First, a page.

Gum Disease

Gum disease is one of the most common illnesses in the world. Around twenty percent of Australian adults have gum disease; over twice that are afflicted in the USA.

The disease is relatively mild and simple to treat in its earliest stages. Left untreated, it can develop into more serious complications with far-reaching health consequences. For that reason it is essential that people are aware of the signs and symptoms of gum disease, and get intervention as quickly as possible.

What Is Gum Disease?

Simply put, gum disease is a bacterial infection of the gum.

The earliest stages of gum disease are called gingivitis (see below). As the infection grows and spreads, it can reach the bone and become a disease called periodontitis.

Causes of Gum Disease

The most common cause of gum disease is poor oral hygiene. Failing to brush and floss daily allows bacteria to feed on food particles left on and around the teeth. As these bacterial colonies grow, they infect the gum.

There are other biological and behavioural risk factors as well. Behavioural risk factors include smoking. Biological risk factors include hormonal changes, diabetes, and an inherent genetic susceptibility. Various medications and treatments for various illnesses and conditions can also increase your risk of getting gum disease.

Symptoms of Gum Disease

The earliest signs of gum disease are generally easy to see. There will be reddening, swelling, and or bleeding of the gums. This stage is known as gingivitis, or “inflammation of the gum”.

Bleeding of the gums should never be considered normal. If you notice blood while cleaning your teeth and have not cut yourself, it’s typically a sign of gum disease. If you have cut your gum, you need to take extra care with your oral hygiene to prevent bacteria infecting the wound.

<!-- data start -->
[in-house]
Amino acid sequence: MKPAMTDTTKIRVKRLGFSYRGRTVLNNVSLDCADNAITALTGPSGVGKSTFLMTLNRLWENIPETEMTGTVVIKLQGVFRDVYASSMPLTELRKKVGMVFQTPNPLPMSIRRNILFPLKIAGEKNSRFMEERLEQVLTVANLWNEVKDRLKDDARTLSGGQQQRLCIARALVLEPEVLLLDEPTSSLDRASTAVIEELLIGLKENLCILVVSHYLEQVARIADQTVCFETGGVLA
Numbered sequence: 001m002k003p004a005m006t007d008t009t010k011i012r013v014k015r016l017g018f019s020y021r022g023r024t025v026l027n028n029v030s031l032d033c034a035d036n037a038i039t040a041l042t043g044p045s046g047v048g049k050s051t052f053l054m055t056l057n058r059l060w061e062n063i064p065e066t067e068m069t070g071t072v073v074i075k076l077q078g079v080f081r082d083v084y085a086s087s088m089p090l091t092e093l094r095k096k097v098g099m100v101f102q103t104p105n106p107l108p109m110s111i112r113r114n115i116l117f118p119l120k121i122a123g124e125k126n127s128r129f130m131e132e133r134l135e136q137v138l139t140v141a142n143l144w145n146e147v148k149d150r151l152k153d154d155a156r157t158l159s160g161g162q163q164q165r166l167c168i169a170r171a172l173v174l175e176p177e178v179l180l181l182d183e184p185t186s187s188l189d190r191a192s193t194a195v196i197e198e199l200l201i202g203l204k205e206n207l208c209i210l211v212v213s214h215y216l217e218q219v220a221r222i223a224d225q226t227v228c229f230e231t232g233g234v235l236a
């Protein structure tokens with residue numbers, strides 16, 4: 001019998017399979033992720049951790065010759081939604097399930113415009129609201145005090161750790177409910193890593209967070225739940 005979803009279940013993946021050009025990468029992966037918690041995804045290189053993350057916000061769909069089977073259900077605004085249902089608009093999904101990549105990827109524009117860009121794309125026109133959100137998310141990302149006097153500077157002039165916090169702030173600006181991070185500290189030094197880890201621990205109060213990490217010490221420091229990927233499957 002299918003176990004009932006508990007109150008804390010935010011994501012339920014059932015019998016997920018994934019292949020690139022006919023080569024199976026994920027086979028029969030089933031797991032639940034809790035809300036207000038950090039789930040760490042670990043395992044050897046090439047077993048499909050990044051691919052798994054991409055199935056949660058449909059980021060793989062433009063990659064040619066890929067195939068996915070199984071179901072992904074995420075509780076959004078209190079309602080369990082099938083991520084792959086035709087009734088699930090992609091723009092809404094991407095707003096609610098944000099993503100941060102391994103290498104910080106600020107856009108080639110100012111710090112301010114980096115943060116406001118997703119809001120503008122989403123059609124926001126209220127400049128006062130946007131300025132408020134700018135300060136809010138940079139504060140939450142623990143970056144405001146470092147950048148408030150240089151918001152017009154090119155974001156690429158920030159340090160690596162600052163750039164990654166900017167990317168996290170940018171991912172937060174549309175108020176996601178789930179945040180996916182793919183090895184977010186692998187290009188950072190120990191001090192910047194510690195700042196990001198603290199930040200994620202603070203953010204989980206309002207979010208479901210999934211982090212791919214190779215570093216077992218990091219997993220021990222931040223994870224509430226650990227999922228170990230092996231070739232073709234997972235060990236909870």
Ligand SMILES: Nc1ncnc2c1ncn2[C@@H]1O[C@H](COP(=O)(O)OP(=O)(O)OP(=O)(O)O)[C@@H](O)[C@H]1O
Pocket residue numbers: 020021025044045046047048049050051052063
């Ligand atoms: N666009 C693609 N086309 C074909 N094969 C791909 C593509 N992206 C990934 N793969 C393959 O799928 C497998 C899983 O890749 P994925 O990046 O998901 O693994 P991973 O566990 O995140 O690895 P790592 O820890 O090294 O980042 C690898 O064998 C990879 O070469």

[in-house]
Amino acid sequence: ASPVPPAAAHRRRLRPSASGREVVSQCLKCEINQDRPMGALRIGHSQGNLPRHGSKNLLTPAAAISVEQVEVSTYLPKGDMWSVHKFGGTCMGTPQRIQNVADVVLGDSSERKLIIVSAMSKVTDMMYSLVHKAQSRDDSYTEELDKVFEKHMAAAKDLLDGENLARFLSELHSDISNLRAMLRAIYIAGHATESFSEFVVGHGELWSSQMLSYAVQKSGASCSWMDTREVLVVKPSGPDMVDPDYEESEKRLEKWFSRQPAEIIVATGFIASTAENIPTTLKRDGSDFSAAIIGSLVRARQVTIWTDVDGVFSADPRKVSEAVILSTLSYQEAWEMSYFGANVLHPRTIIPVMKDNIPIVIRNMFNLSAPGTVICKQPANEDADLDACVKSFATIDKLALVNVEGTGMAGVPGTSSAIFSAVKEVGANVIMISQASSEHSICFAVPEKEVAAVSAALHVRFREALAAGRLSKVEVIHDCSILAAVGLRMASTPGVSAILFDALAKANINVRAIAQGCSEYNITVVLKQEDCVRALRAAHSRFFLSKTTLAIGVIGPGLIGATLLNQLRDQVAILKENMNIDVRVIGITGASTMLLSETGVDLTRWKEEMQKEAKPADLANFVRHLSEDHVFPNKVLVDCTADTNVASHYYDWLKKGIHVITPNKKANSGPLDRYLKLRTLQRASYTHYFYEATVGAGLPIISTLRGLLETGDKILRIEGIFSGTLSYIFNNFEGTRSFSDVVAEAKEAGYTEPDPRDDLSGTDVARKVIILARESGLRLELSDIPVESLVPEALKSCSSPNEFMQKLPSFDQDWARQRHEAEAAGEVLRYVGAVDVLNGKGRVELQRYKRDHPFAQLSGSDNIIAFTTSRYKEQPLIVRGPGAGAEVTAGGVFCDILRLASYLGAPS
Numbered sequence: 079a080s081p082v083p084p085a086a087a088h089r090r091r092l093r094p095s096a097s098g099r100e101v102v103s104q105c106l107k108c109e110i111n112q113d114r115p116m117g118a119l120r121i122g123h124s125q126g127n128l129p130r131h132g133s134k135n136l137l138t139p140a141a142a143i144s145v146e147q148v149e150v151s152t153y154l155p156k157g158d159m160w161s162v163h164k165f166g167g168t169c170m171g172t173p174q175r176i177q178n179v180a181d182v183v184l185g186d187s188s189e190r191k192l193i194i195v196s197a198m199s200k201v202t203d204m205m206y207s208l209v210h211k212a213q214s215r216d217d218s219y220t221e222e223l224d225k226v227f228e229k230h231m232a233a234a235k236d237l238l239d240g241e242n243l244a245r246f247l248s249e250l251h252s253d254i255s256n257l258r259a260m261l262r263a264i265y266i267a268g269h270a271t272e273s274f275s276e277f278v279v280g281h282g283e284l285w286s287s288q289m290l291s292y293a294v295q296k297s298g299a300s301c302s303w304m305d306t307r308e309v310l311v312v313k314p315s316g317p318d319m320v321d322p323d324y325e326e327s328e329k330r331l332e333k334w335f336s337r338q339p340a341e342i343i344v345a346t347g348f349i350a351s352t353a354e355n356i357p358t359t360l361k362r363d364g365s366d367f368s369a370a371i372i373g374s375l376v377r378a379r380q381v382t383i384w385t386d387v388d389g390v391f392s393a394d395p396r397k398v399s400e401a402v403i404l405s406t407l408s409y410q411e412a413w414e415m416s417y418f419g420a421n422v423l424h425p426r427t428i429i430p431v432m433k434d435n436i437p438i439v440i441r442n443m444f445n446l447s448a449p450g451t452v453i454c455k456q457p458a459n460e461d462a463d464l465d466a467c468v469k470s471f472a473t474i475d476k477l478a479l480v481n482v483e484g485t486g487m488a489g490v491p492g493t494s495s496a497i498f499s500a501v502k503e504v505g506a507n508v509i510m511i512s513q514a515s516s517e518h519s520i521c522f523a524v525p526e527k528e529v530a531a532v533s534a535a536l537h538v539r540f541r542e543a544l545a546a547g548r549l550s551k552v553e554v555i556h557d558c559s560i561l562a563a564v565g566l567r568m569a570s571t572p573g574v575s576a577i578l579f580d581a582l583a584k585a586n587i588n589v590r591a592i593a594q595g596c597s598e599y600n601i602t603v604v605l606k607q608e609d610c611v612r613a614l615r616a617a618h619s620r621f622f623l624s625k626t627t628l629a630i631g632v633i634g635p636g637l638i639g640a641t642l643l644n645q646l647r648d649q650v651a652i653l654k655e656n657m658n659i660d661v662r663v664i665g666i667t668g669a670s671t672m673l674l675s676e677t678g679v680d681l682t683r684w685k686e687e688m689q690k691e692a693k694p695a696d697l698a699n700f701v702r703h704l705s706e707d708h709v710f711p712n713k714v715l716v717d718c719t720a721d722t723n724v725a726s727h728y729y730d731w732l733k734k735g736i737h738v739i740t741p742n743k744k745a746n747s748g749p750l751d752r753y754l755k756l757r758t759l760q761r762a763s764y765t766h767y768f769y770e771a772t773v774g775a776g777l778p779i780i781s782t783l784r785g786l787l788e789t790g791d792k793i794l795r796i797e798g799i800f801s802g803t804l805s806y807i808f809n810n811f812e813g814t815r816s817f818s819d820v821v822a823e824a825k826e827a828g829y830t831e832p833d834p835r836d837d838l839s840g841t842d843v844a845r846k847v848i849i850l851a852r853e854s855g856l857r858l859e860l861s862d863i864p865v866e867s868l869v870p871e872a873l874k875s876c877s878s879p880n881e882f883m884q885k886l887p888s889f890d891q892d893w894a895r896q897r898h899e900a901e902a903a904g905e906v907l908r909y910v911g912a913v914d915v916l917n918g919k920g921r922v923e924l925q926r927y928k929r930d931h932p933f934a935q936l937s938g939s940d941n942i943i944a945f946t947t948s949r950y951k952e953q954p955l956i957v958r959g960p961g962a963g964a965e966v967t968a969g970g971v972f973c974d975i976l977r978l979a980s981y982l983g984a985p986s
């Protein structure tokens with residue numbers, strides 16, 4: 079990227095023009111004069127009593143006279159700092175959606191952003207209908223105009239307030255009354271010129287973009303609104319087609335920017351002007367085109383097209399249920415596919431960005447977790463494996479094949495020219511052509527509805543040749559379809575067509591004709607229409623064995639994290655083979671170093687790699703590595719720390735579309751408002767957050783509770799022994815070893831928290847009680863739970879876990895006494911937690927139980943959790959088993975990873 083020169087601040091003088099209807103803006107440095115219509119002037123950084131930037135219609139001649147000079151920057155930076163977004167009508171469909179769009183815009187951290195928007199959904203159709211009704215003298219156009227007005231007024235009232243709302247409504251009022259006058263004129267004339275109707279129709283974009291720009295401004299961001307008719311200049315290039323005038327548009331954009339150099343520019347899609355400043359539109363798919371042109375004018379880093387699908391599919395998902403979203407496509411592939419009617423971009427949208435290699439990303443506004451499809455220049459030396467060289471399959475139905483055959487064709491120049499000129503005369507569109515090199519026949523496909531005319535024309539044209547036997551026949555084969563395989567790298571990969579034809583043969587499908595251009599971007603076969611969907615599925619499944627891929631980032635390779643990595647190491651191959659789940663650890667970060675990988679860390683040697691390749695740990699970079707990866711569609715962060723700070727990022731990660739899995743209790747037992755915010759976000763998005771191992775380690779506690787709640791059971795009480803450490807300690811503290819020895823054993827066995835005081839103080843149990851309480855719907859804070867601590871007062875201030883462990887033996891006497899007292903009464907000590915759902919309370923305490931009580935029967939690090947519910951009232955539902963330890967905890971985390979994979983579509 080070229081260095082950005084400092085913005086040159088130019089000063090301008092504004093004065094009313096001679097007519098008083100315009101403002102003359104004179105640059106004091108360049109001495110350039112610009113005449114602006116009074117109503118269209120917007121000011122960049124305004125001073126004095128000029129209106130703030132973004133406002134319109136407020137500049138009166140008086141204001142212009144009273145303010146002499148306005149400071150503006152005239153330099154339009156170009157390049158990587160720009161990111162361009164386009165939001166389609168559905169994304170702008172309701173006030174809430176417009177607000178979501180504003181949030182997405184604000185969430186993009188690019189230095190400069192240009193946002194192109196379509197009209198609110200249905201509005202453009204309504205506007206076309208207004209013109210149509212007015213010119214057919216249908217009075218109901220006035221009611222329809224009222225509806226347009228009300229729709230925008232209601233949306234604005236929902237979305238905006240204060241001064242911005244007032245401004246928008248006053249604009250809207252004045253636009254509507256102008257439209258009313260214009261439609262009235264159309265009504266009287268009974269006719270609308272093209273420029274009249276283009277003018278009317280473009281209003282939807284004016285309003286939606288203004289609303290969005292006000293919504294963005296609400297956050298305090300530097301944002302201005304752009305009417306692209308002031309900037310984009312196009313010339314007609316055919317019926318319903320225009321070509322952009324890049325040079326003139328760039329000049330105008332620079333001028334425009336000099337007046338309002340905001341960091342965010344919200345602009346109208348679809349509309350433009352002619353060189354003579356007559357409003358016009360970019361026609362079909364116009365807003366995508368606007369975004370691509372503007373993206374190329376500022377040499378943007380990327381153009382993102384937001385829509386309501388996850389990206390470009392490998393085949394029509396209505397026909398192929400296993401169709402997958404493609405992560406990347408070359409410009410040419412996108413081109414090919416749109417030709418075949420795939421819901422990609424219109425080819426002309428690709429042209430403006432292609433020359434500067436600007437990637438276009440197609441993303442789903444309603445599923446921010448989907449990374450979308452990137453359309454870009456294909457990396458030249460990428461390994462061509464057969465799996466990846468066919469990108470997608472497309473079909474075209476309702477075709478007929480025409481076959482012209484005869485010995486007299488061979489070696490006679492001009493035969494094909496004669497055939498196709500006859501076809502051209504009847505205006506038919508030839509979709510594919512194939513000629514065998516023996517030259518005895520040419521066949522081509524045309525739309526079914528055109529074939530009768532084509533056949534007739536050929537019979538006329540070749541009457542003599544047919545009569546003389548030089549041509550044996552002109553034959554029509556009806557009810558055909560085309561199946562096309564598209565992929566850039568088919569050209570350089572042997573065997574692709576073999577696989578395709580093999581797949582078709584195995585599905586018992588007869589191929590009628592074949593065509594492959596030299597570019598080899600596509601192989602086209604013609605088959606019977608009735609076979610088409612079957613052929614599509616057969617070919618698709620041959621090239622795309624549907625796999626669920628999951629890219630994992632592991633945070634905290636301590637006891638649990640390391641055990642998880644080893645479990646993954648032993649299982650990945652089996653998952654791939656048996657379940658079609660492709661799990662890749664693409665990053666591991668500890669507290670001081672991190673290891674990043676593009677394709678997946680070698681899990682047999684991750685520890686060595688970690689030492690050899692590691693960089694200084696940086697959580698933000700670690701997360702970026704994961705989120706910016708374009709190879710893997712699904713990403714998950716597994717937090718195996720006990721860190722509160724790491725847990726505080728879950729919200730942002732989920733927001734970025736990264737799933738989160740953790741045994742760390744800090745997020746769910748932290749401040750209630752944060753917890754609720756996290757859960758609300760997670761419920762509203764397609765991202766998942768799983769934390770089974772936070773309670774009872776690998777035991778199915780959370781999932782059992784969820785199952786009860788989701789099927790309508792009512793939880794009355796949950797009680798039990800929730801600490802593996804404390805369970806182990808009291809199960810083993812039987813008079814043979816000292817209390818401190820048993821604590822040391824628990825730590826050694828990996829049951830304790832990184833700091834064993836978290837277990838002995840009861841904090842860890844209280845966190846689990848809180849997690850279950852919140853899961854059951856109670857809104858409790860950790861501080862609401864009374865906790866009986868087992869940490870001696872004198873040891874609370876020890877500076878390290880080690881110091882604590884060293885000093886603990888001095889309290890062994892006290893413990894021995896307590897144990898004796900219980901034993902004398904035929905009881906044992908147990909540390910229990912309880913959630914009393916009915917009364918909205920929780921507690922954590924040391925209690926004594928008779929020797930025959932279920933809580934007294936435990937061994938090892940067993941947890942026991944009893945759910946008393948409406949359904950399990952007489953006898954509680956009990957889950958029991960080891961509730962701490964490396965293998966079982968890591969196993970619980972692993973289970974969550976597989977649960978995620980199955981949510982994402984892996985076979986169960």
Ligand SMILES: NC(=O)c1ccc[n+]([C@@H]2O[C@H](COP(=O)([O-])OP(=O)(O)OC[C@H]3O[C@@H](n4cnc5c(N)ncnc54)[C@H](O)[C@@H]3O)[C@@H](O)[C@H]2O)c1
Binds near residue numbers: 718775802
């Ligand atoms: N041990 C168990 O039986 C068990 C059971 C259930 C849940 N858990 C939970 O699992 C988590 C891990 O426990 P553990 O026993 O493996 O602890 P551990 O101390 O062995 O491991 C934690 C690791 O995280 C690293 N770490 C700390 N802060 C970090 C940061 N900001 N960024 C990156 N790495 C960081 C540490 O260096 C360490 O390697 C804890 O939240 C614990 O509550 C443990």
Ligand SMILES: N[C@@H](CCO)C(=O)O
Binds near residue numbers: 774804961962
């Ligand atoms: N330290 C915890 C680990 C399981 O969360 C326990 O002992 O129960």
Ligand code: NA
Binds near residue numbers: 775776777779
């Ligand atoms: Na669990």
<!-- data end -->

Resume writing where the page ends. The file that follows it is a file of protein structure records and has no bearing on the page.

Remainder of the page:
Many people overlook these obvious symptoms as pain is typically not felt early on. By the time gum disease becomes painful, it has often developed to periodontitis and is quite severe.

Advanced Complications of Gum Disease

Gum disease follows a fairly predictable path when left untreated. Gingivitis — inflammation of the gums — will progress into periodontitis — inflammation around the root of the tooth. Periodontitis makes gum tissue pull away from the sides of the tooth. These “pockets” can then fill with more bacteria, accelerating the process.

A combination of bacterial toxins and your body’s natural immune response will start to break down the bone and connective tissue surrounding the roots of your teeth. Not only will you lose the tooth, you will also start to lose bone volume.

Gum disease can cause health complications far beyond the confines of the mouth. Bacteria can enter the bloodstream via the mouth and cause problems elsewhere.

One well-documented example is that periodontitis is linked with an increased risk in cardiovascular disease. It has also been shown to be able to compromise pregnancies.

Treating Gum Disease

Treating gingivitis can largely be done through proper oral hygiene practices at home. Brushing and flossing teeth regularly will help clear and starve the infection. For best result, a proper prophylactic clean at the dentist during a six-monthly checkup is crucial.

Periodontitis requires professional treatment from a dentist. The teeth will be scaled and cleaned to remove plaque and tartar. More importantly, a “deep clean” will need to be performed to clear out the pockets between the tooth and gum. Special scraping tools, lasers, or even ultrasonic devices are used to clean out these infected pockets and free the patient of infection. This typically takes one to two visits to the dentist, depending on the severity of the case.

Advanced periodontitis may infect the root canal of a tooth, leading to root canal treatment. It may also be simply necessary to remove a tooth entirely.

Preventing Gum Disease

Maintaining a proper oral hygiene regimen is the single most effective way of preventing gum disease. Those who are more susceptible to the illness will still be best served by cleaning their teeth regularly.

Regular oral hygiene appointments at the dentist are also effective at preventing gum disease. These checkups also allow dentists or hygienists to spot early warning signs a patient may have missed, and prevent more severe problems before they begin.

Contact Platinum Dental for more information or to book your regular dental check up today.